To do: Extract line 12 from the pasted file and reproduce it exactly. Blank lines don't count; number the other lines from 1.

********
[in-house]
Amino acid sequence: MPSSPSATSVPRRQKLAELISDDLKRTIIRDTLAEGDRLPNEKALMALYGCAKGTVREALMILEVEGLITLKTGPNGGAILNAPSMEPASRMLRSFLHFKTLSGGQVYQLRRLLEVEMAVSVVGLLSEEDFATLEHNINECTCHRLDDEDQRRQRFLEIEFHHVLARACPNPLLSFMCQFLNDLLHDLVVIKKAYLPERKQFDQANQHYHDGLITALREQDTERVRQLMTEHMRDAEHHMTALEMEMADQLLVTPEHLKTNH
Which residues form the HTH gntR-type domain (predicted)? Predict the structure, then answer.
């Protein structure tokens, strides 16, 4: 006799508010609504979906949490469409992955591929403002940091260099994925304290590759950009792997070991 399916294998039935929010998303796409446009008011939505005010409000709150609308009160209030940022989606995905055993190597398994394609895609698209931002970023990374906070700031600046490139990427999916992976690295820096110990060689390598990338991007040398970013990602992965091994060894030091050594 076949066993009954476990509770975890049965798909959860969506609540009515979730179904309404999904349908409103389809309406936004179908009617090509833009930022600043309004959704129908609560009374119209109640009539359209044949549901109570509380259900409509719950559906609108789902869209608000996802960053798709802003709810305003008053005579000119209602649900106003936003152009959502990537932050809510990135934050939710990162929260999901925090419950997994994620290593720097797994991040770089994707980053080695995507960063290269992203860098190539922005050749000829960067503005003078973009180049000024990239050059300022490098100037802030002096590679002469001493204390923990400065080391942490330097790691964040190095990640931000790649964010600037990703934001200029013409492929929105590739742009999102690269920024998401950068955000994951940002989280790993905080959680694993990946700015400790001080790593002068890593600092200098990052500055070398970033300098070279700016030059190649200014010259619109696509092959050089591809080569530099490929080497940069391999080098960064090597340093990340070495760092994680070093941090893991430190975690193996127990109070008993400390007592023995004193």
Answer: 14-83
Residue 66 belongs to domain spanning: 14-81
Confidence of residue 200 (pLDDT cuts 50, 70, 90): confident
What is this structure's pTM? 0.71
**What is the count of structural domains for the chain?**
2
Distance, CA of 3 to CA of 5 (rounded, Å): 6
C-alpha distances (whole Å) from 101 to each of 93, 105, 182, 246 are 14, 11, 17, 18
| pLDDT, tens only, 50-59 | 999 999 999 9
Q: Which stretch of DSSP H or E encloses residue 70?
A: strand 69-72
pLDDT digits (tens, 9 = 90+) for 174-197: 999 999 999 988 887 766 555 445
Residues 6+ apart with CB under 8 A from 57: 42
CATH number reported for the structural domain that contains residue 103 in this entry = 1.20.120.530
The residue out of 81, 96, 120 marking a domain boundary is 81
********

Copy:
C-alpha distances (whole Å) from 101 to each of 93, 105, 182, 246 are 14, 11, 17, 18